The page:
If you are reluctant to invite friends for dinner or scared to look in your own closet, then you might have a problem with clutter. You should not be ashamed, however. Clutter is a very common problem and can occur in almost any area of our lives. The key is admitting to the clutter, creating a plan for dealing with it, and taking immediate and consistent action to guard against clutter in the long term.
The Truth About Clutter
We see books and magazines spilled across the coffee table, extra dishes stacked on the counter, and clothing draped over the dresser, the treadmill, and any other available surface in the bedroom.
Clutter is not dirt. You can be the best house cleaner in the world when it comes to mopping the floor and scrubbing the tub but still succumb to clutter on your shelf and desk.
Clutter is not hoarding
Hoarding involves a specific and often unhealthy process of keeping unnecessary amounts of stuff. Hoarding may require outside intervention, while clutter requires a commitment to organisation.
Clutter is not necessarily the same thing as a collection
My wife’s aunt collects odds and ends from around the world. She displays them in cabinets or on shelves. Although her house is full of collectibles, it does not have a feeling of clutter. This is because she has an organised manner of displaying her items and does not keep them in walkways or areas of common use like kitchen counters or the dining table.
The Origins of Clutter
Before removing clutter, it is a good idea to find out its origin. You would not scoop rising water from your basement without first closing off the source of the leak. Clutter comes from every person living in a home. Kids create tons of clutter by leaving toys out, dragging home small goodies from parties or kids’ meals, and collecting sets of toys like Barbies and Legos.
Adults generate clutter in a similar manner. We often think we are too busy to put something in the proper place, so we set it on the dining table for later. Those things add up, and a small pile is growing before you know it. You might also gain clutter through junk mail, catalogues, and magazine subscriptions.
The key to organising your clutter is recognising that you play a role in creating it. Often, families never make it through a decluttering process because they are too busy blaming each other for the problem. By admitting that every person plays a role in the clutter, you can move forward to finding a solution.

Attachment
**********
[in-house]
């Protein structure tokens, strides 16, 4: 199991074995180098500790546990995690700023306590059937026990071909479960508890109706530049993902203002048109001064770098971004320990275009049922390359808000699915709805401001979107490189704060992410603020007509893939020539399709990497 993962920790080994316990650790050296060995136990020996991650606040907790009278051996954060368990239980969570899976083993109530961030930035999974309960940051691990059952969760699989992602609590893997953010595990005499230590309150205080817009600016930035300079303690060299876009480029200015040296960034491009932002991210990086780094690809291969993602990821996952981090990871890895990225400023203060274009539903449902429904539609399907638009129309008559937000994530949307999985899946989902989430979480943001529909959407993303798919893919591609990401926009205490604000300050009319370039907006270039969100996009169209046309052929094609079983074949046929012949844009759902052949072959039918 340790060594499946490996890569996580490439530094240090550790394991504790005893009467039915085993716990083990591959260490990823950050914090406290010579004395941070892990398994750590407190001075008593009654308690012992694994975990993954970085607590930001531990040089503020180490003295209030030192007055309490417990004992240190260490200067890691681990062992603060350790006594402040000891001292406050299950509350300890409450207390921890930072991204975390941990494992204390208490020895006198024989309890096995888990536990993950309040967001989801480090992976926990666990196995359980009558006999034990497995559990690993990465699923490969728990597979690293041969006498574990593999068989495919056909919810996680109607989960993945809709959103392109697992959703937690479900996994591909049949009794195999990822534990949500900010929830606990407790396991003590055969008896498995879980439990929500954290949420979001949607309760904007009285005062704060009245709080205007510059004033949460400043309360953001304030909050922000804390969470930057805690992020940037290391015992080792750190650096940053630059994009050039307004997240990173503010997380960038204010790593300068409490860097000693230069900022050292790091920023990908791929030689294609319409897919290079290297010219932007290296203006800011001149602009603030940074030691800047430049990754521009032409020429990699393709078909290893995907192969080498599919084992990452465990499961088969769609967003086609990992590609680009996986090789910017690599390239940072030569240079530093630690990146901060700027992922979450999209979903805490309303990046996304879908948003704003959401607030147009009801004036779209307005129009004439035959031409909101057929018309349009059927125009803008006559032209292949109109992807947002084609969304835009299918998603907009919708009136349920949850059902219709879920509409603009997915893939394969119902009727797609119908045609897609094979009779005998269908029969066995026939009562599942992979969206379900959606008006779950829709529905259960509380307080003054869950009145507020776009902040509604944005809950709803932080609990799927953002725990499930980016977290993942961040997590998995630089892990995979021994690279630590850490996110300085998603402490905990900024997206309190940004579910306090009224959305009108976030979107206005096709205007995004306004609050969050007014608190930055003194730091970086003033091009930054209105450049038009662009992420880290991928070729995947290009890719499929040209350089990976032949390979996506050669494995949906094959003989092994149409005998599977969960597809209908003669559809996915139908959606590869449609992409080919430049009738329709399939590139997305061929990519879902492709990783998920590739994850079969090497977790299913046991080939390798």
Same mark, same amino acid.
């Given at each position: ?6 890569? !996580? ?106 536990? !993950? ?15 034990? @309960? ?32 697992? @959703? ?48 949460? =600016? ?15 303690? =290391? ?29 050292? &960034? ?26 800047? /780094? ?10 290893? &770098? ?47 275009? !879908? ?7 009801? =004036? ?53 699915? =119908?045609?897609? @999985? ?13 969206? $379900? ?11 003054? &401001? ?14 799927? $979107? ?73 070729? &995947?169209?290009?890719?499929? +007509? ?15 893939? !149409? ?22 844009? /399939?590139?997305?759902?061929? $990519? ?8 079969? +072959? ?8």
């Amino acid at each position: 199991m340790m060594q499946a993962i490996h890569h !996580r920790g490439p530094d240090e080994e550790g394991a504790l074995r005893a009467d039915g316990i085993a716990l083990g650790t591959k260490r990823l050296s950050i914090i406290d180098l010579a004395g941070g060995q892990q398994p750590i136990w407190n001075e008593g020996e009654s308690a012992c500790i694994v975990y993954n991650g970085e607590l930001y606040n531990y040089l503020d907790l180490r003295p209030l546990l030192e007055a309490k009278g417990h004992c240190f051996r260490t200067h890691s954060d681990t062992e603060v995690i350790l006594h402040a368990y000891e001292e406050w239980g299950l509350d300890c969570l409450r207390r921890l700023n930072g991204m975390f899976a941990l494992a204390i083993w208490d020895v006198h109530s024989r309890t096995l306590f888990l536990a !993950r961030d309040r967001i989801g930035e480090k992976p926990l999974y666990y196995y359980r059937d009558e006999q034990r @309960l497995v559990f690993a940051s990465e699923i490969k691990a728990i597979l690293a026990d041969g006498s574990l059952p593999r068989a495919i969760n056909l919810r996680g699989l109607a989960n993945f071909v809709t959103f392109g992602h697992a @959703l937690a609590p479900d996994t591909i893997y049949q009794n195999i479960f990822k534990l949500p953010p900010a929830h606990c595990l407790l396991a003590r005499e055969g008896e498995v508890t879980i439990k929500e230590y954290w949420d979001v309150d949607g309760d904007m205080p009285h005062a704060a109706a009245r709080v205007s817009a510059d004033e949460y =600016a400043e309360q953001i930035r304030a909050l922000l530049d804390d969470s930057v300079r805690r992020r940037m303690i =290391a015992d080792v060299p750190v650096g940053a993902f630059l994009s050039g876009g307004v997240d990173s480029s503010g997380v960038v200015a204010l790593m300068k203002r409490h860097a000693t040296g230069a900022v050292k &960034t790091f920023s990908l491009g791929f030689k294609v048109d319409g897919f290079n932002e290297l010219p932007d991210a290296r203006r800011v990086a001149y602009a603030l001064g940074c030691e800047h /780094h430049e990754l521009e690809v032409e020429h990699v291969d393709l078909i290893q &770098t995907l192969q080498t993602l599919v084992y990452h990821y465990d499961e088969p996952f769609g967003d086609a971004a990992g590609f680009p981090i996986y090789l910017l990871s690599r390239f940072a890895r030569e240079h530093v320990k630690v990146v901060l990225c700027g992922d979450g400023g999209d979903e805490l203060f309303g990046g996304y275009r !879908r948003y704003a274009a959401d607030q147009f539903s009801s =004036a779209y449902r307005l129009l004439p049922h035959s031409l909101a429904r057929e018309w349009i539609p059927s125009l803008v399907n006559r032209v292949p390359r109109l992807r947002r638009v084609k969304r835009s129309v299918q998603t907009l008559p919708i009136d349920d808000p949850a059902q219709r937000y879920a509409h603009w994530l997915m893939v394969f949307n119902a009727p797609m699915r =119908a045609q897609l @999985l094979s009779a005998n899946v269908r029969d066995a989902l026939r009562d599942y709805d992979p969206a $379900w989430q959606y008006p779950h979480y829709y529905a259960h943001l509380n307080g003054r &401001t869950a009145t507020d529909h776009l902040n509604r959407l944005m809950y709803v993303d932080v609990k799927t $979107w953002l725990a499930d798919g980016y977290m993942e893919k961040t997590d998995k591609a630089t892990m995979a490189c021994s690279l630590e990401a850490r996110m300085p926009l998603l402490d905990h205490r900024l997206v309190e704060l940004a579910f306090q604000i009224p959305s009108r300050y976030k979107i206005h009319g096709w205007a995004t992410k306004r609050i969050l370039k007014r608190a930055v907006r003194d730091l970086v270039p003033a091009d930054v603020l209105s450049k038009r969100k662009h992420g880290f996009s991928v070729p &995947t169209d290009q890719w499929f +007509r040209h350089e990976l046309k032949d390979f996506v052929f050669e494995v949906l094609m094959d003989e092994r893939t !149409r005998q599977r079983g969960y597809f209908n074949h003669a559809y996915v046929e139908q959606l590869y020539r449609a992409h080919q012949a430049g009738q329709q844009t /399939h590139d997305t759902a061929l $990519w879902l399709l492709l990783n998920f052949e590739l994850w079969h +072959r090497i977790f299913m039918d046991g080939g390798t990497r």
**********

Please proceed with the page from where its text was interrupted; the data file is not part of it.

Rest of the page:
The Cost of Clutter in Your Life
Whether or not you realise it, clutter has a price in your life. Everyone deals with clutter in their own way, and each person’s clutter threshold is different. For example, as a teenager, my mother would say, “You have got to clean that room! It is a mess, and there is stuff everywhere!” What was chaos to her ended up being a couple of pairs of jeans thrown over furniture and several books scattered on the floor? On the other end, my father had a small office in our home. For several years, you could not even reach the farthest wall due to stacks of paper and boxes of electronics. His clutter threshold is obviously higher than nu mother’s, but there is a happy medium between absolute order and reigning chaos. It is in that happy medium that most people will find the best state.
The Cost of Productivity
One of the most common costs of clutter has to do with productivity and time. If you lose five minutes every morning searching for something that is not in the right place, then you are giving up over 30 hours per year. If that does not seem like a lot to you, here are some things you can enjoy or do in 30 hours:
- Watch 15 movies;
- Read three to six books;
- Take an overnight trip, or;
- Earn 30 hours of overtime at your job.
Clutter at your office desk can cost minutes every day and can even result in lost work. Social clutter may cause you to overbook appointments or waste time with poorly made plans. Mental clutter can slow you down and even cause anxiety that keeps you from necessary tasks. No matter how you slice it, clutter interferes with your ability to get things done.
The Cost in British Pounds
Clutter can hit your wallet, according to domestic cleaners in Guildford, and you never realise it. The kitchen in our home is galley style, with minimal cabinet and counter space. I cleaned three old cabinets and put them in the basement to act as an overflow pantry. The space quickly became cluttered, mostly because we didn’t feel like going into the basement to check on our canned goods needs every time we shopped or cooked. Additionally, one of the cabinets was out of my reach and required a stool for access. It was a perfect breeding ground for clutter, and we saw a financial impact. I often bought items we already had and used things out of date order. The result was that we threw away expired food on several occasions before we reorganised our food storage.
Other ways you might see a cost in GBP include buying replacement items for those that you cannot find or that are damaged in the clutter. If you find an item that was part of a pile or unorganised shelf, you might find it damaged and need to pay for repair costs. However, the cost of clutter is not only related to the accumulation in your home or office. It can also generate from the action that leads to clutter in the first place.
Buying items you do not need, do not have a place for, or are purchasing impulsively can lead to clutter. They also cost money you could spend on things you need or save for a rainy day. Retail establishments play to our impulses by creating attractive displays at the end of aisles, putting stuff on sale, and using various proven psychological methods to increase the number of items customers bring to check out.